The Assist ability also gives you the opportunity to just reset the board on turn 4 if the opposing teams is having a fast start while you and your teammate are doing something else like drawing cards or establishing ramp. This alone is a big part of this card evaluation.

    At the end, I think Play of the Game could act as the foundation of a great UW Control deck, a deck that, in my opinion, need a little of help in that matter.

    #1 : Sylvia Brightspear

    This knight is crazy strong. While on its own it doesn’t feel so impressive, a 2/2 double strike for 2W isn’t something I would call bad. On the other side, being the Stoneforge Mystic of dragons with it’s partner ability does bring to the next level. In fact, tutor for a 3/4 flying, haste, double strike splashable creature is no joke and should win you the pretty fast if not answer. It’s without saying that there’s out there a couple of commons answers that don’t deal with it properly (any type of bounce effect, Last Gasp, Shock, Chain Lightning, etc.). Its dragon being haste does also help to negate sorcery speed responses a bit.

    By turn 6, note that Sylvia Brightspear will have the time impress you. While it’s far from useless of its own, a cheap double strike body could benefit a lot from having few extra +1/+1 counters on. Also, this card just randomly gives double strike to all dragons on your side (and we knew that there’s a bunch of them in the set). This by the way makes a card like Dragon Hatchling suddenly looks less bad than expected.

    Overall, I think Sylvia Brightspear is the best white rare in the set for two main reasons. 1) It’s one of the best cheap body out there, regardless of your deck being aggro or control. 2) It’s a card that provide you an early board presence and a great finisher at the same time.

    U BLUE U

    #3 : Tydespout Tyrant

    Again, the third best position was though to identify. I kind of hesitate between this and Game Plan. At the end, Tydespout Tyrant won the match because it’s way less risky and random.

    The big flyer is a limited powerhouse, that’s for sure. It has the stats to compete in this full-of-4/4-format and its ability can repeatedly deal with everything if you play it in a blue control deck. Even more, if you play this card in the good UB shell, I expect big things to happen. Chaining you Painful Lessons, Impulse, Huddle Up and Opportunity into more bouncing triggered should be fantastic in order to unlock a stacked board. FWIW, Tydespout Tyrant also let you recast stuff that has powerful entering the battlefield effect if needed. For example, if your teammate is playing some support cards, you can use it to continue growing stuff by repeatedly allow him to recast them and support its (or your) creatures all over again.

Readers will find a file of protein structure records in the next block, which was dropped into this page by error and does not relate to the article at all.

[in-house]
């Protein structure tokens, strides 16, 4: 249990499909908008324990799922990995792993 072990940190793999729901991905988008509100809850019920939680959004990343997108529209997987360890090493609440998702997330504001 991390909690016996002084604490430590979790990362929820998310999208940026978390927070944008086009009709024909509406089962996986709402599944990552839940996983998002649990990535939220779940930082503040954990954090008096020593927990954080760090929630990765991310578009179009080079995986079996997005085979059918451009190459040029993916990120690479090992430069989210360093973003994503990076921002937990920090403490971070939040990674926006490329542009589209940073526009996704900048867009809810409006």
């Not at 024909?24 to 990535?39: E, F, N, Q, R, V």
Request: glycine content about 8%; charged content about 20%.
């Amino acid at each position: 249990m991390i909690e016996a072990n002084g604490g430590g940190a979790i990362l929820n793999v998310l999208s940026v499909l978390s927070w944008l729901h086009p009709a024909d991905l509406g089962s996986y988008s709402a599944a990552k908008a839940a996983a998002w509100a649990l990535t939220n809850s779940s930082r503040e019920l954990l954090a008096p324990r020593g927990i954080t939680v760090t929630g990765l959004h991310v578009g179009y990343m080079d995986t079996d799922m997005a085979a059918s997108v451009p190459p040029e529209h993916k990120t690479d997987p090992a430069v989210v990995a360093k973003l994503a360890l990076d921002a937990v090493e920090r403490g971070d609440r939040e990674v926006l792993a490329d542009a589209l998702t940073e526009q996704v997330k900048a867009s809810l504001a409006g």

Another interesting part about Tidespout Tyrant is that it allows you save your best creature out there (or sometimes itself) by simply casting any instant spells you have in your hand while a removal is on the stack. This alone should discourage your opponent to try something while you have open mana and few cards in hand.

    Overall, Tydespout Tyrant is one of the best finisher out there and I expect blue control decks to thrive power from it quite a bit.

    #2 : Zndrsplt

    What a card name that is. This homunculus is pretty sweet from what I can say. I’ve played it at my PR and I have to confess that I’ve been strongly impress by it, same as its partner (when they are both on the board). Sure, their respective effects are random, but having access to two tryouts helps mitigates this little downside. When both are unanswered for at least the turn they come into play, they will almost give you at least 3 for 1. One for Zndrsplt itself, two for Okaun and three for the (I’d say minimum one) card you’ll draw with Zndrsplt’s combat triggered ability. If they do manage to survive more than a turn, they then snowball real fast and get out of control. I’ve drawn like 6 to 7 cards with it in only few turns, while my mate was attacking with a must block 12/12 or 20/20 (I’ll explain why later on) creature every single combat phase until we won the game.

    The fact that Zndrsplt also gives you acces to its partner is nice. I know all the partners in Battlebond work that way, but in this case, it seems like they work so great together. While, Okaun is decent on its own, Zndrsplt is exactly the kind of effect you should be looking for in a grindy format like this. But Okaun also benefits from a lot of cards in Battlebond. For example, Battle-Rattle Shama, Unflinching Courage and support cards works nicely with it, since the additional boost it has up front growths exponentially when a winning flip triggered.